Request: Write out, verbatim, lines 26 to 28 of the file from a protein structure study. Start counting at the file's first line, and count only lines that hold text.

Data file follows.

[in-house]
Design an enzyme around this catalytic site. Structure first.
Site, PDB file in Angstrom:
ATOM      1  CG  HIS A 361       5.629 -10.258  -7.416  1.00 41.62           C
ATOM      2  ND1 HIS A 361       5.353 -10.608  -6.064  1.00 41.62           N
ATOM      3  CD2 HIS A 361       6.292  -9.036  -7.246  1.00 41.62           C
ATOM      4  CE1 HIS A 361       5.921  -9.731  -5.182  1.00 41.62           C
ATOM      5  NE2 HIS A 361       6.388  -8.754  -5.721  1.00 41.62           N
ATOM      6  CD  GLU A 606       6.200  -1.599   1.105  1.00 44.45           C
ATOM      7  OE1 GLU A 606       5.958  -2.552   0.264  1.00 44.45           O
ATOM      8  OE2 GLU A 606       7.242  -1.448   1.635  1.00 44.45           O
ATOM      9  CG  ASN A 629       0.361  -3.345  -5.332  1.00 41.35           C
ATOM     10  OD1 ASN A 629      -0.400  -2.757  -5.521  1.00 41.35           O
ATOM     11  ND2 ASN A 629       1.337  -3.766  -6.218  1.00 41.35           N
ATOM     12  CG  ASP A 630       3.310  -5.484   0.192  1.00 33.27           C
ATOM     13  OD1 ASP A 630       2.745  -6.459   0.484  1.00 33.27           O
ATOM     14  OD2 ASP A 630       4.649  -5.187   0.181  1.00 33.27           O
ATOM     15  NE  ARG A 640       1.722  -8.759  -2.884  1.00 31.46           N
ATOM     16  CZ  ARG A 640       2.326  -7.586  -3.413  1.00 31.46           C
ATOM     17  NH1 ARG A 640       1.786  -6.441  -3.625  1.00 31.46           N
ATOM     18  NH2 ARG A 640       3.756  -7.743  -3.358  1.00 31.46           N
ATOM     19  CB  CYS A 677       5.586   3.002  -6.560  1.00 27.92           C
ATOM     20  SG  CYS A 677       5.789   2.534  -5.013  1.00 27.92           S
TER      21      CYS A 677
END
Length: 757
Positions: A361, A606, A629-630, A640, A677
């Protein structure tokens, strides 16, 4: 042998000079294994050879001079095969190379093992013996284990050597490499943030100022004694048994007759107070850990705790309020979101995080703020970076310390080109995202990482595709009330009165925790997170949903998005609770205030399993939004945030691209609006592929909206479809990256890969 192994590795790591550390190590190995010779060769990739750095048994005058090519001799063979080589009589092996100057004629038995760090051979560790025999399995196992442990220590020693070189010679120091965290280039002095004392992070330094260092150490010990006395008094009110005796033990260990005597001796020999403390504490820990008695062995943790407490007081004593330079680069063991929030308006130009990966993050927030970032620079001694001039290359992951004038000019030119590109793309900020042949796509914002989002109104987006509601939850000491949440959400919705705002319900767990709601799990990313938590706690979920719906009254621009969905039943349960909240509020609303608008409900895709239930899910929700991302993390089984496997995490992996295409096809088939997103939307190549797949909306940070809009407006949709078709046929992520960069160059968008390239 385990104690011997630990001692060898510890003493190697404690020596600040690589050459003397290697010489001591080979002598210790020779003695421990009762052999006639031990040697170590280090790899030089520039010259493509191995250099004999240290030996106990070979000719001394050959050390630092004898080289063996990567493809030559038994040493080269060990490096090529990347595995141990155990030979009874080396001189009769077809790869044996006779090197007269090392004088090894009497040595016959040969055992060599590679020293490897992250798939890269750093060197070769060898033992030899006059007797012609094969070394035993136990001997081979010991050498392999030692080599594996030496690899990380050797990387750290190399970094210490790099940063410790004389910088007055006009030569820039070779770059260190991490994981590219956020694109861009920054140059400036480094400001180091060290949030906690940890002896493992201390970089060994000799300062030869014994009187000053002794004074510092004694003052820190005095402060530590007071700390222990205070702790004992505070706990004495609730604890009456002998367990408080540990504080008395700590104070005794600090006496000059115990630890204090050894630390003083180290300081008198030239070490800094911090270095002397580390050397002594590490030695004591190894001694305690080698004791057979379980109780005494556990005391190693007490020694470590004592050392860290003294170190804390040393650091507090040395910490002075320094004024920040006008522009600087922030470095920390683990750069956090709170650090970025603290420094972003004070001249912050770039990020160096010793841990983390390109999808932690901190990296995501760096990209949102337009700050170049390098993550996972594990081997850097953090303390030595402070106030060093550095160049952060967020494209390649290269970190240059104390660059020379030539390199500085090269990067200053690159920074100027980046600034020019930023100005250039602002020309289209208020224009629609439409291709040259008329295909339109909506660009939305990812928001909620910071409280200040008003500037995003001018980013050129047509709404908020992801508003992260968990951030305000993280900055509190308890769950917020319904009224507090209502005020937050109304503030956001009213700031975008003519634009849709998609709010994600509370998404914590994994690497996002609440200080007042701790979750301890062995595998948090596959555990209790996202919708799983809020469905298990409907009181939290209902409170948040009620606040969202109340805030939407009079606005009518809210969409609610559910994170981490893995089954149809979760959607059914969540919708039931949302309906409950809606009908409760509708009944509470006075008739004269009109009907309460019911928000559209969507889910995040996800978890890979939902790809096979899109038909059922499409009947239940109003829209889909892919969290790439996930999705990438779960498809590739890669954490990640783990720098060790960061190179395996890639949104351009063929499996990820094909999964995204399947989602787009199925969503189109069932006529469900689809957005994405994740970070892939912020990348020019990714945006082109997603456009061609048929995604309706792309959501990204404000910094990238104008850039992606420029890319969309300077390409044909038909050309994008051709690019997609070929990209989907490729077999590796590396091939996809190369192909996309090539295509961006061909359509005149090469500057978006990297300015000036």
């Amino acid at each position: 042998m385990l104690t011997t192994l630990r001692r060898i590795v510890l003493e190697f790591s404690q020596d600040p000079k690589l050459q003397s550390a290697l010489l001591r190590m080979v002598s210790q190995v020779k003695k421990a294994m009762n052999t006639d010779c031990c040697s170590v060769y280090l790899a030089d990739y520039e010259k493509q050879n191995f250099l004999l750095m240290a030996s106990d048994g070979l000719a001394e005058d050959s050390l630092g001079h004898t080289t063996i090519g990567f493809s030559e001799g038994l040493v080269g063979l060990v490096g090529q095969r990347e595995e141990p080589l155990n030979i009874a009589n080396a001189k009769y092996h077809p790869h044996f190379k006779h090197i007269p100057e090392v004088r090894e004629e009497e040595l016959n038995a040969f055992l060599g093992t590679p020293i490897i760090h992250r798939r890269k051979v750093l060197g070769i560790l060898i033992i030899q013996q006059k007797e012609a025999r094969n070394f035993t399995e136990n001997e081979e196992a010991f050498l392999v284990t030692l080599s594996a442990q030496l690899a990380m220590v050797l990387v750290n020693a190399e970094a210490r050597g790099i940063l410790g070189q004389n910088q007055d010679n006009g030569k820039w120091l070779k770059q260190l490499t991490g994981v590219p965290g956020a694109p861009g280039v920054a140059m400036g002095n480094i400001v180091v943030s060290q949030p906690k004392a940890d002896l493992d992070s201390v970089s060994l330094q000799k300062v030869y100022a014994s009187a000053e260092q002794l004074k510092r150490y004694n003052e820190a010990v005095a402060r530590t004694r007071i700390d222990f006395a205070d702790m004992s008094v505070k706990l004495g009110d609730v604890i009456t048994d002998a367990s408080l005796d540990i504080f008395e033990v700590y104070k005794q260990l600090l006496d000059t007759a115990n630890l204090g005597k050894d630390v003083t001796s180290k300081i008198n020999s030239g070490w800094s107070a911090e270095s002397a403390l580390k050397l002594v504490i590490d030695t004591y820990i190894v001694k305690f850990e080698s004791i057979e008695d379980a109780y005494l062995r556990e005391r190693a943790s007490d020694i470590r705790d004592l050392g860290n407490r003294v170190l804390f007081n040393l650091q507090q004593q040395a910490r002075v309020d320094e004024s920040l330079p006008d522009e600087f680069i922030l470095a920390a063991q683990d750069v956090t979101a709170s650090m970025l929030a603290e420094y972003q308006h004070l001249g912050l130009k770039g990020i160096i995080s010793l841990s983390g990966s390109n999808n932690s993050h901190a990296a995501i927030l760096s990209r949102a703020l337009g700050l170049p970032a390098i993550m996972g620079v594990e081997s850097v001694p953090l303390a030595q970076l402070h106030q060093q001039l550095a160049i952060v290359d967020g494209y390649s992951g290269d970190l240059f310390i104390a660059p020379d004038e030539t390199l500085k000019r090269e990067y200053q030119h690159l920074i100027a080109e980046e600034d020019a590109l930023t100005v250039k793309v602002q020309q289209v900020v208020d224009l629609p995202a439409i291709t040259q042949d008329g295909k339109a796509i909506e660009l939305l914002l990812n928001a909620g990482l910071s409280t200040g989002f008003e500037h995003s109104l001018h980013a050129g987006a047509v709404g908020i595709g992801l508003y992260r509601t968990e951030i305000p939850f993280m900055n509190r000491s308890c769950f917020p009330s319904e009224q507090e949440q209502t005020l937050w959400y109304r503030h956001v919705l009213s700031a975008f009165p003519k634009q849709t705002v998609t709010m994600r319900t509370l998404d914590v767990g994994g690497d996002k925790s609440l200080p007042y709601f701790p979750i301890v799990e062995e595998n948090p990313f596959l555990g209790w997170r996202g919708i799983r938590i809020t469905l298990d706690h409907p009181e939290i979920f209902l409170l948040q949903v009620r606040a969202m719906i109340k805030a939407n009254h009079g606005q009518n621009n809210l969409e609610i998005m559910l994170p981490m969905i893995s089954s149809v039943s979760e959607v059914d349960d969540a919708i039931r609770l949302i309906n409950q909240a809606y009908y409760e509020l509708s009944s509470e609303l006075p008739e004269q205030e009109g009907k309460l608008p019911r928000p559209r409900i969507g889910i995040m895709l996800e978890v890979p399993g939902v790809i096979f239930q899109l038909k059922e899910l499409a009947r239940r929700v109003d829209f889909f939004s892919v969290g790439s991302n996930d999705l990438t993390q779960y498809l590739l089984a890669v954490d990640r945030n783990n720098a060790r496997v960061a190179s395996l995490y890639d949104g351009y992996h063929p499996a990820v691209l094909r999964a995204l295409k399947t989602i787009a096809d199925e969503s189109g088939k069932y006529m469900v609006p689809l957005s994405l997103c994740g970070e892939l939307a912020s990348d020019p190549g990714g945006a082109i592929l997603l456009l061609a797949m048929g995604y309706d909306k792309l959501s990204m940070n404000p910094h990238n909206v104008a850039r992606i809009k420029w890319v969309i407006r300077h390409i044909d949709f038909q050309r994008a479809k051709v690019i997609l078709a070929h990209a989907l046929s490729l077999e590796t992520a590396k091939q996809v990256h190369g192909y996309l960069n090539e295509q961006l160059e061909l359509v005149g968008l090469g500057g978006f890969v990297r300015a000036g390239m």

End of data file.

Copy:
Length: 757
Positions: A361, A606, A629-630, A640, A677
């Protein structure tokens, strides 16, 4: 042998000079294994050879001079095969190379093992013996284990050597490499943030100022004694048994007759107070850990705790309020979101995080703020970076310390080109995202990482595709009330009165925790997170949903998005609770205030399993939004945030691209609006592929909206479809990256890969 192994590795790591550390190590190995010779060769990739750095048994005058090519001799063979080589009589092996100057004629038995760090051979560790025999399995196992442990220590020693070189010679120091965290280039002095004392992070330094260092150490010990006395008094009110005796033990260990005597001796020999403390504490820990008695062995943790407490007081004593330079680069063991929030308006130009990966993050927030970032620079001694001039290359992951004038000019030119590109793309900020042949796509914002989002109104987006509601939850000491949440959400919705705002319900767990709601799990990313938590706690979920719906009254621009969905039943349960909240509020609303608008409900895709239930899910929700991302993390089984496997995490992996295409096809088939997103939307190549797949909306940070809009407006949709078709046929992520960069160059968008390239 385990104690011997630990001692060898510890003493190697404690020596600040690589050459003397290697010489001591080979002598210790020779003695421990009762052999006639031990040697170590280090790899030089520039010259493509191995250099004999240290030996106990070979000719001394050959050390630092004898080289063996990567493809030559038994040493080269060990490096090529990347595995141990155990030979009874080396001189009769077809790869044996006779090197007269090392004088090894009497040595016959040969055992060599590679020293490897992250798939890269750093060197070769060898033992030899006059007797012609094969070394035993136990001997081979010991050498392999030692080599594996030496690899990380050797990387750290190399970094210490790099940063410790004389910088007055006009030569820039070779770059260190991490994981590219956020694109861009920054140059400036480094400001180091060290949030906690940890002896493992201390970089060994000799300062030869014994009187000053002794004074510092004694003052820190005095402060530590007071700390222990205070702790004992505070706990004495609730604890009456002998367990408080540990504080008395700590104070005794600090006496000059115990630890204090050894630390003083180290300081008198030239070490800094911090270095002397580390050397002594590490030695004591190894001694305690080698004791057979379980109780005494556990005391190693007490020694470590004592050392860290003294170190804390040393650091507090040395910490002075320094004024920040006008522009600087922030470095920390683990750069956090709170650090970025603290420094972003004070001249912050770039990020160096010793841990983390390109999808932690901190990296995501760096990209949102337009700050170049390098993550996972594990081997850097953090303390030595402070106030060093550095160049952060967020494209390649290269970190240059104390660059020379030539390199500085090269990067200053690159920074100027980046600034020019930023100005250039602002020309289209208020224009629609439409291709040259008329295909339109909506660009939305990812928001909620910071409280200040008003500037995003001018980013050129047509709404908020992801508003992260968990951030305000993280900055509190308890769950917020319904009224507090209502005020937050109304503030956001009213700031975008003519634009849709998609709010994600509370998404914590994994690497996002609440200080007042701790979750301890062995595998948090596959555990209790996202919708799983809020469905298990409907009181939290209902409170948040009620606040969202109340805030939407009079606005009518809210969409609610559910994170981490893995089954149809979760959607059914969540919708039931949302309906409950809606009908409760509708009944509470006075008739004269009109009907309460019911928000559209969507889910995040996800978890890979939902790809096979899109038909059922499409009947239940109003829209889909892919969290790439996930999705990438779960498809590739890669954490990640783990720098060790960061190179395996890639949104351009063929499996990820094909999964995204399947989602787009199925969503189109069932006529469900689809957005994405994740970070892939912020990348020019990714945006082109997603456009061609048929995604309706792309959501990204404000910094990238104008850039992606420029890319969309300077390409044909038909050309994008051709690019997609070929990209989907490729077999590796590396091939996809190369192909996309090539295509961006061909359509005149090469500057978006990297300015000036």